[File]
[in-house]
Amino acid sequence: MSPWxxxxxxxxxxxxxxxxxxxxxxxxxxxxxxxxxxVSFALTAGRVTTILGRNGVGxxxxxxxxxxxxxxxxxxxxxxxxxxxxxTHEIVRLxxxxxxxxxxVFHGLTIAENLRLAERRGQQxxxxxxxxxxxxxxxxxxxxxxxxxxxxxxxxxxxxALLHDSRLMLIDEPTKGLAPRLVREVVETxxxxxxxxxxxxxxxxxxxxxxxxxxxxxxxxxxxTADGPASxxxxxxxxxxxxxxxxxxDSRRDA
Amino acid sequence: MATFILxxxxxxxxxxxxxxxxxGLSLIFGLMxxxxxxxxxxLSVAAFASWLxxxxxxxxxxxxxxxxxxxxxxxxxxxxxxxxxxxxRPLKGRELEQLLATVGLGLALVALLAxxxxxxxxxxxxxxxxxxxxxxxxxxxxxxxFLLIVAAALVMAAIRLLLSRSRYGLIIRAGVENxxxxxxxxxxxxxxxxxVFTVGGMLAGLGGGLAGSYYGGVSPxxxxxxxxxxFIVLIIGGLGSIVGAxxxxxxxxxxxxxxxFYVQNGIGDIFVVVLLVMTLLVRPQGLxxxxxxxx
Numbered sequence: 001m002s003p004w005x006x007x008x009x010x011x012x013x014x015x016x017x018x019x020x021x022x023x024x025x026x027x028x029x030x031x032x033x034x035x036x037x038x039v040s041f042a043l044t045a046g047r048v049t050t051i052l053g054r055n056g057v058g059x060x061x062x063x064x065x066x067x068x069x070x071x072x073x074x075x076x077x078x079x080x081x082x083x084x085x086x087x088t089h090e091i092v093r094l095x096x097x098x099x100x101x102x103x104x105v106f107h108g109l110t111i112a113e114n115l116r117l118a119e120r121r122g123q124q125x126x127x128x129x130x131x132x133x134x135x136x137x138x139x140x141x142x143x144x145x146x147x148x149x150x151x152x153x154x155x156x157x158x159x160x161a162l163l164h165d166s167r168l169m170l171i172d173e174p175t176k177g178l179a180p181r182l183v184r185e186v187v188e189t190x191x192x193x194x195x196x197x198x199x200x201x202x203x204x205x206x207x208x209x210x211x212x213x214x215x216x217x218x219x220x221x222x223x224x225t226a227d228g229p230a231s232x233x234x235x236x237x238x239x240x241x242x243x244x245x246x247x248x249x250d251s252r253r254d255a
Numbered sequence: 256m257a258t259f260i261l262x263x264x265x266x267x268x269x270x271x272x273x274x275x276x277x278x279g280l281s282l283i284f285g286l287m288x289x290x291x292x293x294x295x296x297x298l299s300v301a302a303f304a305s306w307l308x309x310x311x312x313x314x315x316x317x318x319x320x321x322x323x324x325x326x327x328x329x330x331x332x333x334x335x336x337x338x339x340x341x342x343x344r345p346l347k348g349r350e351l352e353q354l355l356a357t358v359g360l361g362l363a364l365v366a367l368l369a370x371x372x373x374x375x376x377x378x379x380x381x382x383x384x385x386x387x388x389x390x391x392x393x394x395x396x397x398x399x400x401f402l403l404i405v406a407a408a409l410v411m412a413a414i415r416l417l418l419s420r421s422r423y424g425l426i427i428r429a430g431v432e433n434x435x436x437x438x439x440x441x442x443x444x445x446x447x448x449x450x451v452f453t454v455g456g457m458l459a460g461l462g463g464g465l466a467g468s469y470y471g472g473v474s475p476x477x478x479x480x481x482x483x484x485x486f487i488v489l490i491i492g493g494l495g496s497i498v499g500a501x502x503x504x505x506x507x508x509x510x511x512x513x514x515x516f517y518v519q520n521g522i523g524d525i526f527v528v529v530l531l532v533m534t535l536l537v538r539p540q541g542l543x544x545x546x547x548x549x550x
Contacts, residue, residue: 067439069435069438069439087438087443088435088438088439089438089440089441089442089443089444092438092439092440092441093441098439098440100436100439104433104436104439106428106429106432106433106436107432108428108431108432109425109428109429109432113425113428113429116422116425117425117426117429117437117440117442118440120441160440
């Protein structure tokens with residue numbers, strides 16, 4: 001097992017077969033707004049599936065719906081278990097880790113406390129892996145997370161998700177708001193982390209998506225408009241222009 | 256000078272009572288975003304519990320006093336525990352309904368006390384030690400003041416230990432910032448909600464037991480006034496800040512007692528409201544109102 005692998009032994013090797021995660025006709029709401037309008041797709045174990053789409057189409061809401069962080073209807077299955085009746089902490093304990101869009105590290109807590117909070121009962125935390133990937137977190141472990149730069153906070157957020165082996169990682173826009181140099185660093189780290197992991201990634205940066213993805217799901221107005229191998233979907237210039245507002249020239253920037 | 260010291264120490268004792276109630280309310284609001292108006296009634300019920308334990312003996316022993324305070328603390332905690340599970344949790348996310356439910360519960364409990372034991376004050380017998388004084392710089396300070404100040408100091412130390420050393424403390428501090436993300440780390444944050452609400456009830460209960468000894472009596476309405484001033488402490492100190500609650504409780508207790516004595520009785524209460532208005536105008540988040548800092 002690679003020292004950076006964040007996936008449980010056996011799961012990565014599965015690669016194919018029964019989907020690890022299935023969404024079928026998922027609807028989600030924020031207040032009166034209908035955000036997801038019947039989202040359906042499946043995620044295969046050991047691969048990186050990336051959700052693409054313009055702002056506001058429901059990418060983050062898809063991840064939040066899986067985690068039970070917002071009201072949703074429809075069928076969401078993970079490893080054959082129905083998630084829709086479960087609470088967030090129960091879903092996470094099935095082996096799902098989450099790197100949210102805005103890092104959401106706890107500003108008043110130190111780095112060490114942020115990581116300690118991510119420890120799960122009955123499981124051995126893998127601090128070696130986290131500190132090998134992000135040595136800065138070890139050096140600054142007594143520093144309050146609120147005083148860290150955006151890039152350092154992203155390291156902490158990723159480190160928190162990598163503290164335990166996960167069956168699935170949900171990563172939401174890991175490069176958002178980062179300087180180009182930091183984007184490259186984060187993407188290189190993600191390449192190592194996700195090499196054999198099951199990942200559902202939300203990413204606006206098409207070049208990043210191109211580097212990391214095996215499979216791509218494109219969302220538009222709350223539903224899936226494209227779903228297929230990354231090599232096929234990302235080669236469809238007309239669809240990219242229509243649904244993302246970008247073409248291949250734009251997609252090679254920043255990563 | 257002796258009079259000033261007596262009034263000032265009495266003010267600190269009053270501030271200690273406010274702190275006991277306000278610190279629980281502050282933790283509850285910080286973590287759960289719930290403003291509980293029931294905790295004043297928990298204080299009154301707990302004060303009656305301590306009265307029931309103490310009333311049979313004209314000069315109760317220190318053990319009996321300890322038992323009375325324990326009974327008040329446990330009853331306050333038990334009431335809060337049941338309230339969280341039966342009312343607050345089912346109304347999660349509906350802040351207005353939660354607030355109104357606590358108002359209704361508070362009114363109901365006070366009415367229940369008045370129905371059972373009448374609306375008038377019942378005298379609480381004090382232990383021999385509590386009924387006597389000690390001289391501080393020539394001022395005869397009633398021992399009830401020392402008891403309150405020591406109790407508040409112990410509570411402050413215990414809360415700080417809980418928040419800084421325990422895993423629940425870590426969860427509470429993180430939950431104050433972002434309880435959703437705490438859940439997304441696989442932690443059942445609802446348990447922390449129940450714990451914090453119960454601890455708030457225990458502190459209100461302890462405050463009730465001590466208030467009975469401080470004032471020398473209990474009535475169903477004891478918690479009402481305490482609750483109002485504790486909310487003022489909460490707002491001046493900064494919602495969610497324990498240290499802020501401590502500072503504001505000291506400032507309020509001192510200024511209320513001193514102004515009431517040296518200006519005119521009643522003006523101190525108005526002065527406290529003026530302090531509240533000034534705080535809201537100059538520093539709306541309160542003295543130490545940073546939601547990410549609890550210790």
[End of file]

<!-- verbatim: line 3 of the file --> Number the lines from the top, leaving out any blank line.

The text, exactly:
Amino acid sequence: MATFILxxxxxxxxxxxxxxxxxGLSLIFGLMxxxxxxxxxxLSVAAFASWLxxxxxxxxxxxxxxxxxxxxxxxxxxxxxxxxxxxxRPLKGRELEQLLATVGLGLALVALLAxxxxxxxxxxxxxxxxxxxxxxxxxxxxxxxFLLIVAAALVMAAIRLLLSRSRYGLIIRAGVENxxxxxxxxxxxxxxxxxVFTVGGMLAGLGGGLAGSYYGGVSPxxxxxxxxxxFIVLIIGGLGSIVGAxxxxxxxxxxxxxxxFYVQNGIGDIFVVVLLVMTLLVRPQGLxxxxxxxx